The Tomahawk Take Top 20 Atlanta Braves Prospects: 6-10
Braves catcherChristian Bethancourt
(25) blocks a pitch in the dirt against the Washington Nationals. The Braves defeated the Nationals 3-1. Mandatory Credit: Dale Zanine-USA TODAY Sports
#7: C Christian Bethancourt
You might ask why he’s still on this list, and that’s a reasonable question. CBeth has 32 games (31 plus one AB) now, having spelled the Braves while Evan Gattis was hurt in August/September of 2014, so he’s still technically a prospect.
That will change in 2015 for this native of Panama.
Bethancourt inherits the reins of a pretty nice pitching rotation, and he’s certainly paid his dues to get this far: despite still being only 23-1/2 years old (6’2″/205), he has been in the organization since being signed as an international free agent in 2009. It takes a while to get here when you sign as a 16- or 17-year-old, but that’s how far away these Caribbean kids are being projected.
Bethancourt has long been known for defense, particularly a quick-releasing strong arm. In AA ball during 2012-13, 32 runners attempted steals. Only 19 were successful. Even in the majors, he did well here: 5 runners cut down against 10 successes, a 33% kill rate.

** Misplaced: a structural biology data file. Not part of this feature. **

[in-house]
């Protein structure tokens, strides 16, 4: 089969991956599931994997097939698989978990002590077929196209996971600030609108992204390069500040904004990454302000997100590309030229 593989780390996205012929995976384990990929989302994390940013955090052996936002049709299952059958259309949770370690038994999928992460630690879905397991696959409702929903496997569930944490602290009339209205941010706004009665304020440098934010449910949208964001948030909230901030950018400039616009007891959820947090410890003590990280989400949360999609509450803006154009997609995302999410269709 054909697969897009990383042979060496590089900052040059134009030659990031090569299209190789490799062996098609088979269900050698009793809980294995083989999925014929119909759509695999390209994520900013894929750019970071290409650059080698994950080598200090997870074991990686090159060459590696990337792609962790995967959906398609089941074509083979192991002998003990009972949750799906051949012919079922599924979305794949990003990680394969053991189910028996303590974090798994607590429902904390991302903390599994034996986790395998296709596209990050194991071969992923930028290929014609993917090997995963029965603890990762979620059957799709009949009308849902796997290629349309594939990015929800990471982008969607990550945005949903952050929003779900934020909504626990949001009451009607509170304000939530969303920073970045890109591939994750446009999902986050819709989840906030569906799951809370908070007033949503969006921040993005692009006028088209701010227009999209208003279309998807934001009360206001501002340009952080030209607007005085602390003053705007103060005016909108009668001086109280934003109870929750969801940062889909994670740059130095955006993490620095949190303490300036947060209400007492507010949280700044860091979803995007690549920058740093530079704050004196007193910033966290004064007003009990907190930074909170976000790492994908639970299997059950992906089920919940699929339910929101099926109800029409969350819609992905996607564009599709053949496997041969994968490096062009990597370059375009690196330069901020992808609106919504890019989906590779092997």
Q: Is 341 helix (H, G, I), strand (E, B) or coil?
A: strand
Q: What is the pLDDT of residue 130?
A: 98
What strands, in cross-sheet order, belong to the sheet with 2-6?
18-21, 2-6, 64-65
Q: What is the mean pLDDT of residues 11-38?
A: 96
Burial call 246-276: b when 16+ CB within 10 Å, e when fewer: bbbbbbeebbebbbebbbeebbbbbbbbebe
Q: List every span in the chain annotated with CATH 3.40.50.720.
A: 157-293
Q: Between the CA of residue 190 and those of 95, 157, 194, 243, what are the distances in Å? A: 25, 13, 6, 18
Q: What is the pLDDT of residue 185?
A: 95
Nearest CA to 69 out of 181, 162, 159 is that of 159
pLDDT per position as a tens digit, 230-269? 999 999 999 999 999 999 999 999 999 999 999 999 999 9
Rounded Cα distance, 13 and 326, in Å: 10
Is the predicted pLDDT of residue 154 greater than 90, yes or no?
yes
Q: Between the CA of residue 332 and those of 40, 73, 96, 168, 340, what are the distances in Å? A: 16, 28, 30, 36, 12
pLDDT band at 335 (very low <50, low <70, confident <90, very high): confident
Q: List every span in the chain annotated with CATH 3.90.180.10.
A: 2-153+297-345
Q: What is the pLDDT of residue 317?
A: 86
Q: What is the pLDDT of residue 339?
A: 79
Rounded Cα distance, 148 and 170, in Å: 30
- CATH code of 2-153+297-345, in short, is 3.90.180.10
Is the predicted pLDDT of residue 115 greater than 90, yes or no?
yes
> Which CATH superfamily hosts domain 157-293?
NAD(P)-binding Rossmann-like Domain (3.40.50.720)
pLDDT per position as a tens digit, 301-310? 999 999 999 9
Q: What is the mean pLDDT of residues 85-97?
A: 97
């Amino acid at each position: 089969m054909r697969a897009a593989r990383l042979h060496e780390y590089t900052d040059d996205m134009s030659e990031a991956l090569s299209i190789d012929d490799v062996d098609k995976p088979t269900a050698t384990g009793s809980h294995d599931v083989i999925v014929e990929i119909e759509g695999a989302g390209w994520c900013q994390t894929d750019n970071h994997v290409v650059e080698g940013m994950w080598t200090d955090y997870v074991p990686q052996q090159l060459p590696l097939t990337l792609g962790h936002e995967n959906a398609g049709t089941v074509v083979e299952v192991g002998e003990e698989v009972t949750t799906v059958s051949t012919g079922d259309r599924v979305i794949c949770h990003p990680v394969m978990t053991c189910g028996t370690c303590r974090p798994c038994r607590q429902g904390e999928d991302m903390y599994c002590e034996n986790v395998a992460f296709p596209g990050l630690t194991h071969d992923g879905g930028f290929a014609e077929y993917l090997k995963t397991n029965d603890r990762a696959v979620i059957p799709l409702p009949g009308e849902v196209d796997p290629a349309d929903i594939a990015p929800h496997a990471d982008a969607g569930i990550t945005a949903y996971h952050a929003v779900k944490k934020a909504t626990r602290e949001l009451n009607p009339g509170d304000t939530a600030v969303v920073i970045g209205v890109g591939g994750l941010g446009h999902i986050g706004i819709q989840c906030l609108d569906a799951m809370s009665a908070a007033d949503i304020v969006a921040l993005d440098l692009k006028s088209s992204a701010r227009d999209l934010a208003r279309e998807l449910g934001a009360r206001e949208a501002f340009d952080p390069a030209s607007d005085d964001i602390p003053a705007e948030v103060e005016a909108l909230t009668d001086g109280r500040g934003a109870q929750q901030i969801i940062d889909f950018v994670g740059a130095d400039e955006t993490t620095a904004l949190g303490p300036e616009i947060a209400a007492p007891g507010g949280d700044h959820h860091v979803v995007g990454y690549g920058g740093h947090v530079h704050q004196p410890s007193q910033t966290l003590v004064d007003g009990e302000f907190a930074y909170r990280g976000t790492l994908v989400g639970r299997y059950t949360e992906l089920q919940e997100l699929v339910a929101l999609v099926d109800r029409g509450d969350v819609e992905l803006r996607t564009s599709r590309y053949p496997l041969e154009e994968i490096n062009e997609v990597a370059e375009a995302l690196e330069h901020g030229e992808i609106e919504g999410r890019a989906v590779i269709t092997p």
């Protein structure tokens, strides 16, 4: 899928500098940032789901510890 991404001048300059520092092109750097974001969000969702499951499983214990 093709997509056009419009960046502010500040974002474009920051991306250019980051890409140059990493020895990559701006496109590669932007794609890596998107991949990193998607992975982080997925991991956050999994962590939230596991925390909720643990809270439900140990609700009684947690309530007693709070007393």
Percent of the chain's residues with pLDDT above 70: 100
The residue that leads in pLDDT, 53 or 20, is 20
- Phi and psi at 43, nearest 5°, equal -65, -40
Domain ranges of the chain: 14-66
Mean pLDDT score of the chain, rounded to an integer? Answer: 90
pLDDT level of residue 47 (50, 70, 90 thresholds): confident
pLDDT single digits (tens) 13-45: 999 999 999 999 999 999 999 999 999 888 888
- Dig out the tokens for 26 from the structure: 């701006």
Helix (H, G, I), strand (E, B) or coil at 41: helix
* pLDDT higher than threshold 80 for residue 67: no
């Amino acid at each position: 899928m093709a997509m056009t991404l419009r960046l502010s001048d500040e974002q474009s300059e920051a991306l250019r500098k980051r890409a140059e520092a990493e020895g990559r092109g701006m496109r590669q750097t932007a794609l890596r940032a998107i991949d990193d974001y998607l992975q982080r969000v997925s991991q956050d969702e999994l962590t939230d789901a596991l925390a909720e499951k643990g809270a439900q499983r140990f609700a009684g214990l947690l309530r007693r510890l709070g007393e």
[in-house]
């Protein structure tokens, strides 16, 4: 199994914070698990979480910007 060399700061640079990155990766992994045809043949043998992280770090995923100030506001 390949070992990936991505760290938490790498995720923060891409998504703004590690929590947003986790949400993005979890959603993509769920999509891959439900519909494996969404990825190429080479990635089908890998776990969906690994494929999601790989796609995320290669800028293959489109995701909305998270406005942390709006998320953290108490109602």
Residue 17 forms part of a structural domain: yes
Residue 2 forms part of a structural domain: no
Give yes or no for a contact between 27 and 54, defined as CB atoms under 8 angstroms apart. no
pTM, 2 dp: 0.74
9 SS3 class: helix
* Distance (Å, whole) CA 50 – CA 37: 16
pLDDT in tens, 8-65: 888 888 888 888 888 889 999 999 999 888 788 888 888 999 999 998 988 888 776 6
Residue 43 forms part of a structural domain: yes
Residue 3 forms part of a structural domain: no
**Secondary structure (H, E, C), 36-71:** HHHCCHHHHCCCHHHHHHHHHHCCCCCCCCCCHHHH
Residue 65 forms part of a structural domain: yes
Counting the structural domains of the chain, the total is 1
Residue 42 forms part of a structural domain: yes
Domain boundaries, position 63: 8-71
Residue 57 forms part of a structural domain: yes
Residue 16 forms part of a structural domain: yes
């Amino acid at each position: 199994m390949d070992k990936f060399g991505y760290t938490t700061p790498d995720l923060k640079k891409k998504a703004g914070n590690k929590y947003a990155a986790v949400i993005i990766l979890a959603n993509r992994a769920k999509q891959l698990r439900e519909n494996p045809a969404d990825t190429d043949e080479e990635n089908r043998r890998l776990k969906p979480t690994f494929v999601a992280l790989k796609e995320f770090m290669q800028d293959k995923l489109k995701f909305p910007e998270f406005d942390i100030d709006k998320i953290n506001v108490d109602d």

The only knock I can point to is that CBeth tends to be a bit “lazy” in securing pitches, which results in advancing runners. In those 31 major league contests during 2014, he yielded 6 passed balls. He does tend to block significantly better than that: 9 wild pitches. By contrast, Gattis gave up just 5 PB’s in his 93 games of 2014… though a very-high 50 WPs.
For comparison purposes, both catchers need to look to the standard-bearer: Yadier Molina. In 107 games last year, just 3 passed balls and 22 wild pitches. Those numbers have never been above 8 and 46 in his career.
Bethancourt has traditionally struggled at the plate, but with a change in approach in 2013, suddenly “got it” as a hitter. His average jumped from .243 to .277 and hit 12 homers after never exceeding 5 in any season prior. In AAA during 2014, he hit .283 with 8 jacks, so the change seems to stick with him. He had less success (.248) during his first month in Atlanta, but that’s hardly unexpected.
Bethancourt is also pretty nimble and will steal a few bases for you – not stumbling about like Brian McCann would, but in this case, CBeth actually looks like an actual athlete.
Projection: should be the primary catcher for 4-5 years, then a useful backup for any team thereafter. He’s still young, though there is already a lot of mileage on his knees, so it’s hard to figure that he’ll be able to continue as a full-time backstop into his 30’s.
ETA to majors: Right now. He is the starting catcher for the Atlanta Braves.